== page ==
The director of the Headache Center at Allegheny Health Network provided an overview of clinically relevant approaches to treat migraine at its core pathology. [WATCH TIME: 2 minutes]
WATCH TIME: 2 minutes
"This pathway is in the same kind of category as calcitonin gene-related peptide pathways. This is all pain modulation that can definitely trigger that attack. So blocking or preventing that signaling pathway can help in the further evolution of different treatments."
In 2018, the approach to treating migraine was drastically changed, as the FDA approved erenumab (Aimovig; Amgen), the first ever calcitonin gene-related peptide (CGRP) inhibitor. These agents block the effect of CGRP, a small protein that is highly prevalent in the sensory nerves that supply the head and neck. CGRP is also involved in pain transmission and levels increase during a migraine attack. While these therapies have brought considerable relief to the clinical community, there are a proportion of patients with migraine who do not respond to these medications.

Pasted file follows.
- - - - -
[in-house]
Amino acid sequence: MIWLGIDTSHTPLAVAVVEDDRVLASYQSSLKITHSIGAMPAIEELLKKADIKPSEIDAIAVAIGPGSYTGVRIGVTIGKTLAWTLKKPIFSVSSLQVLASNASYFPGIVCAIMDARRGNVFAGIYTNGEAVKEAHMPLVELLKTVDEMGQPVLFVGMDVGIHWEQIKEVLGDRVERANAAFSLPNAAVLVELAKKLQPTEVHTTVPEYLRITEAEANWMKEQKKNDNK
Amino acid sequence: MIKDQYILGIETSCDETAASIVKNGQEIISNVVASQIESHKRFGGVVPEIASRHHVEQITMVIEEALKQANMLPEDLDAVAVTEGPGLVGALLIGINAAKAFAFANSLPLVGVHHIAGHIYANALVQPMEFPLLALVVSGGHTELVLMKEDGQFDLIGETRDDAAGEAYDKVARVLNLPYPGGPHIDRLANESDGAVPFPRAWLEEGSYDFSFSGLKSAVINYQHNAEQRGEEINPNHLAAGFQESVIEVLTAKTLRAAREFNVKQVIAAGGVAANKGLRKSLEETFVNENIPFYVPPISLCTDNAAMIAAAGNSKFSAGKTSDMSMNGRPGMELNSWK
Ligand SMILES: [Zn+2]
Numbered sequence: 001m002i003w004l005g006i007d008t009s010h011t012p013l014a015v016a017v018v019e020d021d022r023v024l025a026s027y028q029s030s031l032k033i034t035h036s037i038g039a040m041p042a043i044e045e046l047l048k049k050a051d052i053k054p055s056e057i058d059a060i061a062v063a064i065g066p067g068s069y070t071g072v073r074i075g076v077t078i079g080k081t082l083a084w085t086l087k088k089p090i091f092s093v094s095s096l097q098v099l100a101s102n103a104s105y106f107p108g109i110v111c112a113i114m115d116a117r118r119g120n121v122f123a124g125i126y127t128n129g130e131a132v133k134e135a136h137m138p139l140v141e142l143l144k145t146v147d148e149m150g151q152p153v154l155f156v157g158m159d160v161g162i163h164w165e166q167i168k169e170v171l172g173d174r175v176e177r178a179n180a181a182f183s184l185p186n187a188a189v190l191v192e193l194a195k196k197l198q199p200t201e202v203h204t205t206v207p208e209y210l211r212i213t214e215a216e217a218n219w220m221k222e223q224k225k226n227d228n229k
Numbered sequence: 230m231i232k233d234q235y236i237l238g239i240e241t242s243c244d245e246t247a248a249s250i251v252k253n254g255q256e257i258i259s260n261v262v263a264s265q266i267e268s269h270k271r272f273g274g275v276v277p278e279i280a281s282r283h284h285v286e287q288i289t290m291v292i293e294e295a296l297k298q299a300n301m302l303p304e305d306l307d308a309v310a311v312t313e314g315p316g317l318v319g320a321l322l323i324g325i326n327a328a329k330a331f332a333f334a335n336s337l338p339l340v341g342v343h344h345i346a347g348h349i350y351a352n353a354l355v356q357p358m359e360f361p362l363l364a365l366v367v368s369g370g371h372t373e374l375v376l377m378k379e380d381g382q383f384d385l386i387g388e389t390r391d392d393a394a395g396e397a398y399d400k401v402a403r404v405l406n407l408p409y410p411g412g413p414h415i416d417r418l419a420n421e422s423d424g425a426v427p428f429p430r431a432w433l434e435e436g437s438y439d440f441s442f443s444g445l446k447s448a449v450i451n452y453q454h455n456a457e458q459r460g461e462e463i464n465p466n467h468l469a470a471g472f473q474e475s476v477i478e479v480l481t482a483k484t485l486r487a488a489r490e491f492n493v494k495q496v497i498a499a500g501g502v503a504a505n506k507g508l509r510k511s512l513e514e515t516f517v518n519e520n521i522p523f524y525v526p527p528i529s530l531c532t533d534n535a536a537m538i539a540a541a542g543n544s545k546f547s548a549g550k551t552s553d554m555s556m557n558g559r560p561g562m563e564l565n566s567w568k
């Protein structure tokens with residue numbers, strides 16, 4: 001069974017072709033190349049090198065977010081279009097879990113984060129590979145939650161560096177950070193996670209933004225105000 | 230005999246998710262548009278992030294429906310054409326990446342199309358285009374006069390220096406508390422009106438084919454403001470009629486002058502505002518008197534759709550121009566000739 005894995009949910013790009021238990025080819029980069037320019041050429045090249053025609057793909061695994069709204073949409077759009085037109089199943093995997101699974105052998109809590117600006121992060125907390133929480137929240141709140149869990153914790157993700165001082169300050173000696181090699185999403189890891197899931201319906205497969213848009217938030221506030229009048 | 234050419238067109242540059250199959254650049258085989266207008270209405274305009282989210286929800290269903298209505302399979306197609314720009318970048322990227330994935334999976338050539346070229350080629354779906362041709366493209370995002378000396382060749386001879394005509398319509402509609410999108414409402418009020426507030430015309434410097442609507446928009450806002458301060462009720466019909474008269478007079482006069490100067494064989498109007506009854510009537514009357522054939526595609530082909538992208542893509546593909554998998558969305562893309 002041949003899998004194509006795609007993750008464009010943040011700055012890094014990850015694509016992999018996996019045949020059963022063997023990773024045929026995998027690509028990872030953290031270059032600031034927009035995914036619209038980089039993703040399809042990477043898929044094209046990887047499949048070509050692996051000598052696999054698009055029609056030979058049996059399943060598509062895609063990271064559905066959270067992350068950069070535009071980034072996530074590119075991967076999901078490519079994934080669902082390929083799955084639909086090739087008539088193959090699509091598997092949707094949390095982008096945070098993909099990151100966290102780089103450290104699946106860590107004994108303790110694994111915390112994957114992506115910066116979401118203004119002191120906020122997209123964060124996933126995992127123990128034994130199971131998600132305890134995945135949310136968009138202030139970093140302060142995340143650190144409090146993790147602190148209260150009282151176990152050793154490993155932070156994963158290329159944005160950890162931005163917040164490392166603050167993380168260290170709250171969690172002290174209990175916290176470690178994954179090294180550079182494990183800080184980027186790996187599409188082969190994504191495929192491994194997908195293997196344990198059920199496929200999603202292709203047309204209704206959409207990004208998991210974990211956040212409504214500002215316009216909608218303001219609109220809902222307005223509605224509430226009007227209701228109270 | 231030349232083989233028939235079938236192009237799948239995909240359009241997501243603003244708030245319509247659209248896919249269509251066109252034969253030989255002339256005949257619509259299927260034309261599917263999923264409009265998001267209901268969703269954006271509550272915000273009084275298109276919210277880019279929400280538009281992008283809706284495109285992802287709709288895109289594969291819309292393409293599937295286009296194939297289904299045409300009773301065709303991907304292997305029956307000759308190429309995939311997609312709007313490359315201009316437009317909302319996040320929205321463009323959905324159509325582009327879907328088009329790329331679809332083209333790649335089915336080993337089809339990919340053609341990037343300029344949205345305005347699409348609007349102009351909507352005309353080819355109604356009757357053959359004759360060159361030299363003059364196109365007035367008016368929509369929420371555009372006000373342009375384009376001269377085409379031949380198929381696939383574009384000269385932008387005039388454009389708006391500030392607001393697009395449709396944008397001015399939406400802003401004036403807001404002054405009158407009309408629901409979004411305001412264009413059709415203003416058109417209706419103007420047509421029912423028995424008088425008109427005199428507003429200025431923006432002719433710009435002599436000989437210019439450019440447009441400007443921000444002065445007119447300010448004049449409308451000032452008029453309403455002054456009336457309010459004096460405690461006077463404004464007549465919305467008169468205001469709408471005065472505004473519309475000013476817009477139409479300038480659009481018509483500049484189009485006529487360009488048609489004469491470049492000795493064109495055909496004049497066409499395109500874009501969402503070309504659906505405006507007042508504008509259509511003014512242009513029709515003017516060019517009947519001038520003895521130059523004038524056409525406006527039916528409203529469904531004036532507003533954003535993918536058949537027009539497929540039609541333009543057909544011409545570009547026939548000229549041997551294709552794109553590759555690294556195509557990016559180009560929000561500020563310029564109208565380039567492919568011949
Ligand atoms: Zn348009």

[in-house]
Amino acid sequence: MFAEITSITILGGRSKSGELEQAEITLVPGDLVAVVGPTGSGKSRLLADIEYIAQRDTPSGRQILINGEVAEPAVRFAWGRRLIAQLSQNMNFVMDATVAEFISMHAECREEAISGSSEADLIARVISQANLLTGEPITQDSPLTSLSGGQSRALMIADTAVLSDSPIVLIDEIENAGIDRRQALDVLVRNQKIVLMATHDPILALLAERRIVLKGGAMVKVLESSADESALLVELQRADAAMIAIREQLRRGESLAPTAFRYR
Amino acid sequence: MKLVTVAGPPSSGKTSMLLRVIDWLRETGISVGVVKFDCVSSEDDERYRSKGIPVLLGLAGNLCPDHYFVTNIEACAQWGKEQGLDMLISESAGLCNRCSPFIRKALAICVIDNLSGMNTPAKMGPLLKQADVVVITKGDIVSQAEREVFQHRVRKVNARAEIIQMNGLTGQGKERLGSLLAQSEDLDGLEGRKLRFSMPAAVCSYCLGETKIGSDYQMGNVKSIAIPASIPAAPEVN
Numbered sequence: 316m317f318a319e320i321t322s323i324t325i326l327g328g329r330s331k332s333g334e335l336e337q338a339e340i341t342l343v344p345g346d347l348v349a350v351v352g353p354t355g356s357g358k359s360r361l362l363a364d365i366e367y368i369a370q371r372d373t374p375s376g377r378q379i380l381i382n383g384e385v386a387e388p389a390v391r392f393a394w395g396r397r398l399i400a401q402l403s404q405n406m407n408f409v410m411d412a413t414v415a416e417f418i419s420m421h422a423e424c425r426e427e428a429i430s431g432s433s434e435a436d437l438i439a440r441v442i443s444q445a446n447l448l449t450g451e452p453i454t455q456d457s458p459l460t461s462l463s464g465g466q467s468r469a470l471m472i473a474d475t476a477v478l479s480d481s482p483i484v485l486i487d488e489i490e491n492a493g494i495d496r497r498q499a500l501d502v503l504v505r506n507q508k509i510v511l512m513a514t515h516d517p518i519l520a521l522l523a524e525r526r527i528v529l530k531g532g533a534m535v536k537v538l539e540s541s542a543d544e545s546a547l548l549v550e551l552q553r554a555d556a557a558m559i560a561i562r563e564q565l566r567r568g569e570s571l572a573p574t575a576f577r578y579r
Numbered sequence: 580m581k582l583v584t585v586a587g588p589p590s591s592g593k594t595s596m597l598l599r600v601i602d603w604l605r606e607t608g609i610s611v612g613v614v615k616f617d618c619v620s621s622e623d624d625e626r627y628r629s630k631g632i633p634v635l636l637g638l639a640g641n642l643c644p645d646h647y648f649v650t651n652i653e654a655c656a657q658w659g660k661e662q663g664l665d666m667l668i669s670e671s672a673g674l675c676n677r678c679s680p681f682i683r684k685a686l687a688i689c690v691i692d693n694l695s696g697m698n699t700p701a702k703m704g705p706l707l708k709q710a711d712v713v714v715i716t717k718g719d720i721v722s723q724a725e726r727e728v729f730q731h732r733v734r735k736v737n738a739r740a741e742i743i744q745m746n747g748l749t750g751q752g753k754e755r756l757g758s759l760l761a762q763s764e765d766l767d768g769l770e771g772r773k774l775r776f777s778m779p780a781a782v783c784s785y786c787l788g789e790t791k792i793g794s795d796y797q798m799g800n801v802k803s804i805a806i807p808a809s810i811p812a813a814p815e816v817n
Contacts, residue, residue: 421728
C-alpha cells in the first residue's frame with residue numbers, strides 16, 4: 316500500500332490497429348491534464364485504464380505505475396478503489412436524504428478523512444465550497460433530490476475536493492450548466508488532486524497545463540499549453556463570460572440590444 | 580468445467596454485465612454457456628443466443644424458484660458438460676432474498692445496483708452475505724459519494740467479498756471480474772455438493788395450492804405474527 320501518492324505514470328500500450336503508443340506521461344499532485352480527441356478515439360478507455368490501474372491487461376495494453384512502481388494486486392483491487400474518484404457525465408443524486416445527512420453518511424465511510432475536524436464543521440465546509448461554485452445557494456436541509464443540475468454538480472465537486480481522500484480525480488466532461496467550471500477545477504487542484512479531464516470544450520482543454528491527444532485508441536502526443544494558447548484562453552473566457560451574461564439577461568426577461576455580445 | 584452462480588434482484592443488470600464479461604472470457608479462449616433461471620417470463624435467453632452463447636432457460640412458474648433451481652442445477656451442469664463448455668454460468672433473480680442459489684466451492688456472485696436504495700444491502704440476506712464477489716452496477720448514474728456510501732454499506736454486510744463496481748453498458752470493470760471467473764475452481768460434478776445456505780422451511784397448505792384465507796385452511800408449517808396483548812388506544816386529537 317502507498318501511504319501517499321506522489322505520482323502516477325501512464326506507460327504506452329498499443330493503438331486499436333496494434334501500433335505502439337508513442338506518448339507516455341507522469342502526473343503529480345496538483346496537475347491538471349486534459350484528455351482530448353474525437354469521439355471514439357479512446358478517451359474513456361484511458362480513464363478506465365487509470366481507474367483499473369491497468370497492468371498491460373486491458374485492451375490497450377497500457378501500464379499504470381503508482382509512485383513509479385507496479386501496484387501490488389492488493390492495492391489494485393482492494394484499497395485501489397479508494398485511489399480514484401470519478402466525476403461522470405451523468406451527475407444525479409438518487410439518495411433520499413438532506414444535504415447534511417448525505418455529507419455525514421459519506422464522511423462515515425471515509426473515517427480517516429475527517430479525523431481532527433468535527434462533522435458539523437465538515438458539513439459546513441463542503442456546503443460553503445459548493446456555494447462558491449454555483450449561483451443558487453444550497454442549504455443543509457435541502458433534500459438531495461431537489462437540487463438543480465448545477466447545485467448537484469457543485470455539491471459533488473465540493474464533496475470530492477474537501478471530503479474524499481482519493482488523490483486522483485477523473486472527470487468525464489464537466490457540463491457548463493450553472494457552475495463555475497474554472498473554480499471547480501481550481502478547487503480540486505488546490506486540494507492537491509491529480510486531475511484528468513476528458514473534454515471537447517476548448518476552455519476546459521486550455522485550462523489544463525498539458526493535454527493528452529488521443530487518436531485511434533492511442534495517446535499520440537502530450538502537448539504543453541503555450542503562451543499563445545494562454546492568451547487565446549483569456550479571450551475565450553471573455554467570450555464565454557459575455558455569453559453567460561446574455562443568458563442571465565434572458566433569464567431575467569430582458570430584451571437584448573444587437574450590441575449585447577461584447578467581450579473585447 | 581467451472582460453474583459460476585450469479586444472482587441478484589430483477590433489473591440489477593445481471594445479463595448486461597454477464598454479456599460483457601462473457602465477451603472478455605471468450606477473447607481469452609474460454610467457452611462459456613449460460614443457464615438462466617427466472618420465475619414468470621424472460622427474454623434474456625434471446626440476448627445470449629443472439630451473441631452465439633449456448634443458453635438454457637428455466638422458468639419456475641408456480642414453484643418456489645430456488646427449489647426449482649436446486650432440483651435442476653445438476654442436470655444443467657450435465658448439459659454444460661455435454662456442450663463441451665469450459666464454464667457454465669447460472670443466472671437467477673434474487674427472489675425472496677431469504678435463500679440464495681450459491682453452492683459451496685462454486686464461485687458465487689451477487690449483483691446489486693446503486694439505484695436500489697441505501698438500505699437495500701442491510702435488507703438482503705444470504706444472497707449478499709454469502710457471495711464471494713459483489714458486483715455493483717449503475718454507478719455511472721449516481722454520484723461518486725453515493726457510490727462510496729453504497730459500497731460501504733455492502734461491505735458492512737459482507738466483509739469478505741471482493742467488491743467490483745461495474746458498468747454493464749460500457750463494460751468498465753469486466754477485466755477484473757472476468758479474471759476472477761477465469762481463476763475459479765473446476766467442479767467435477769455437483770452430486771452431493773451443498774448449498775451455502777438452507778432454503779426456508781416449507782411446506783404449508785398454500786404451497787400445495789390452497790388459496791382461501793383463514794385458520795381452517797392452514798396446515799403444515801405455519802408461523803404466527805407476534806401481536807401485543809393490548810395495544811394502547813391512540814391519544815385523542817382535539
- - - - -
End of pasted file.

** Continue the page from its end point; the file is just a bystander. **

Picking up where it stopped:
Considered the most common cause of neurological disability worldwide, there is a constant need for new approaches to treat the condition. Since its first publication in Brain as a migraine inducing substance in 2009, there has been a steady increase in research focused on targeting enkephalins and pituitary adenylate cyclase-activating polypeptide (PACAP), a relatively new pathway. PACAP exists in 2 biologically active forms, PACAP-27 and PACAP-38. PACAP-38, the predominant form, has shown a remarkable degree of evolutionary conservation in preclinical studies.1
To learn more about the emerging concepts in the migraine field, NeurologyLive® sat down with Dolores Santamaria, MD, director of the Headache Center at Allegheny Health Network. Santamaria, who specializes in treating patients with chronic migraine, provided an overview on PACAP, how it differs from CGRP, and the conversations surrounding it.